THE Great Lakes Compact took 10 years to write and pass, generated a thousand adoring news releases, and now goes off to Washington for what the region hopes is quick approval by Congress. Great work, right? Not so fast - let's look past the self-congratulatory press releases.
Advertised as a guarantee of "a future in which the Great Lakes are forever sustained" (Gov. Ted Strickland of Ohio), "a strong regional warning to chronically dry regions of the South and West" (Chicago Tribune), and "something that will protect the Great Lakes for generations to come" (Wisconsin state Sen. Scott Gunderson), it's actually a way for bottled-water companies to gain rights to sell Great Lakes water.
What's the problem? Doesn't this pact set standards to limit or deny major Great Lakes diversions? Yes, for the most part through a pipe, but not in small containers. Also not addressed is the connection between groundwater and the Great Lakes. Groundwater is tied to the Great Lakes, supplying much of their flow.
To understand the biggest problem, it's important to remember how the whole thing got started 10 years ago.
In May, 1998, it suddenly became known through media reports that the Ontario Ministry of Natural Resources granted a permit to a private firm, the Nova Group, that wanted to ship up to 50 tanker vessels of Lake Superior water each year to unidentified private customers in Asia.
Turning Great Lakes water into a product - especially the water of Lake Superior, the purest and coldest of the Lakes - fueled indignation among citizens on both sides of the international border. Chastened after public hearings and media scoldings, the Nova Group gave up its permit, and Lake Superior was given a reprieve.
To prevent the Great Lakes from ever being shipped out as a commercial product, the eight states plus Ontario and Quebec began drawing up a binding agreement to prevent it. But something happened in the 10 years it took to produce that agreement.
Instead of banning the conversion of the Great Lakes to a product, the Compact promotes selling it in small containers. The agreement allows pumping and packaging of Great Lakes water - in the hundreds of millions of gallons per project per year - as long as the packages are 5.7 gallons or less in volume. Michigan has already allowed this practice. Any of the eight Great Lakes states could have closed the loophole within their borders. None have.
It's not an accident that an agreement designed to forbid water exports from the Great Lakes by private entrepreneurs now condones them. The bottled-water industry, not a serious economic force in 1998, burst on the scene, lavished its favors on elected officials, and is now slurping up the benefits.
In the Ohio General Assembly, conservative compact opponents held up the agreement by requiring a vote on a state constitutional amendment that will give more ammunition to private interests who want to draw down Great Lakes and Ohio River groundwater. "The government is being encouraged to take people's property without paying for it," said State Sen. Timothy Grendell. "That is flat-out un-American."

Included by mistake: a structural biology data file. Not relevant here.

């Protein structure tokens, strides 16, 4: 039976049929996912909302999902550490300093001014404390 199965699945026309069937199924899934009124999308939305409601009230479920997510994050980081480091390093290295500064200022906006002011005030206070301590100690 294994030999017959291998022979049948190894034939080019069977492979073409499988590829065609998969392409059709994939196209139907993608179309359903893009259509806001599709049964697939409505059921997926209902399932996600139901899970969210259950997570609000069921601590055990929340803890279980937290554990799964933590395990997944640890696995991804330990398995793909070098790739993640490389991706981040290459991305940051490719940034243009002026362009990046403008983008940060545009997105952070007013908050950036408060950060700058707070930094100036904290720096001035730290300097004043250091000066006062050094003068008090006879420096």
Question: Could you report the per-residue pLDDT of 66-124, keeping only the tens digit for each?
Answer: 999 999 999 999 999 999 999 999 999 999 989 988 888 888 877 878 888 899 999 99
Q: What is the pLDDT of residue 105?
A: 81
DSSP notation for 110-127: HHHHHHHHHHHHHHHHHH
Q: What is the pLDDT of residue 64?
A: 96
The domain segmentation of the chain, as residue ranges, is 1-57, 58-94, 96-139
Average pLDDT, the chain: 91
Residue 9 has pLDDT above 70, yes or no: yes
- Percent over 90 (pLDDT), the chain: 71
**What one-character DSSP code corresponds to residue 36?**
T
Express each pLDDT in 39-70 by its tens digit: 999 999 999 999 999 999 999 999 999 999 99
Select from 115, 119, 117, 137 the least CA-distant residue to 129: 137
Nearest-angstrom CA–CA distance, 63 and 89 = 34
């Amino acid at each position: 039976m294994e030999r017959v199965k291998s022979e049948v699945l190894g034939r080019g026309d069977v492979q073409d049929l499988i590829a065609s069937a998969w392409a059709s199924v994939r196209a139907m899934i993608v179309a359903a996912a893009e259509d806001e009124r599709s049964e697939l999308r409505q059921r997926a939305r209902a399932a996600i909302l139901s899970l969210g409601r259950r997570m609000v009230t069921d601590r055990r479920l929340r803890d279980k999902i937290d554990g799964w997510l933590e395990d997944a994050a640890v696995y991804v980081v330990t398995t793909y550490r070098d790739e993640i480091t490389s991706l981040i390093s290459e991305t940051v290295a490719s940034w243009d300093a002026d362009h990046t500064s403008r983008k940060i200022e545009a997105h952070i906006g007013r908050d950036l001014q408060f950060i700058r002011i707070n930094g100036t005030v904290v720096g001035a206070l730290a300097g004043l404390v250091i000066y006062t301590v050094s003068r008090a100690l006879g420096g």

The irony is that the compact and Ohio's proposed state constitutional amendment may confer a new private property right - to Nestle and other giant water-for-sale companies. That's something few Great Lakes citizens, but many Great Lakes lobbyists, can go for.
Under centuries of common law and common sense, water has been regarded as a publicly owned resource, too important for navigation, fishing, and ecology to be privatized. The compact turns that upside down and puts the essence of life up for sale to private parties. That is un-American.
Michigan, the Great Lakes State, generated its share of bubbly news releases when its compact approval and related legislation was signed into law by Gov. Jennifer Granholm on Wednesday. But its water conservation laws remain some of the weakest in the region. They allow the draining of up to 25 percent of a stream, don't subject most major water withdrawals to any state approval, and lack funding for implementation and enforcement. And, for the second time in three years, the state has affirmed that a torrent of water flowing out of Michigan in high-priced containers is not actually an export barred by law.
The Great Lakes won't be lost tomorrow. But they won't be saved by the compact the day after tomorrow. It's time for the people of the Great Lakes region to assert their common ownership and control of the water that feeds them and the lakes. It will take a pitched battle and vast persistence in every state to make it happen.
The clock is ticking. Water is the resource that will bring economic opportunities to the Great Lakes region. The lakes contain 95 percent of U.S. and 18 percent of the world's surface fresh water. It makes no sense to sell them off in boatloads or truckloads of bottles.
One Michigan newspaper said, "Without the compact, the region's water could be put at risk." The problem is that with the compact, the region's water remains at risk and in some ways may be in greater danger than before. The work of assuring that the Great Lakes are not exported and drained is only beginning.
Dave Dempsey is author of "Great Lakes for Sale," published by University of Michigan Press this year. He was environmental policy adviser to Gov. James Blanchard of Michigan from 1983 to 1989.
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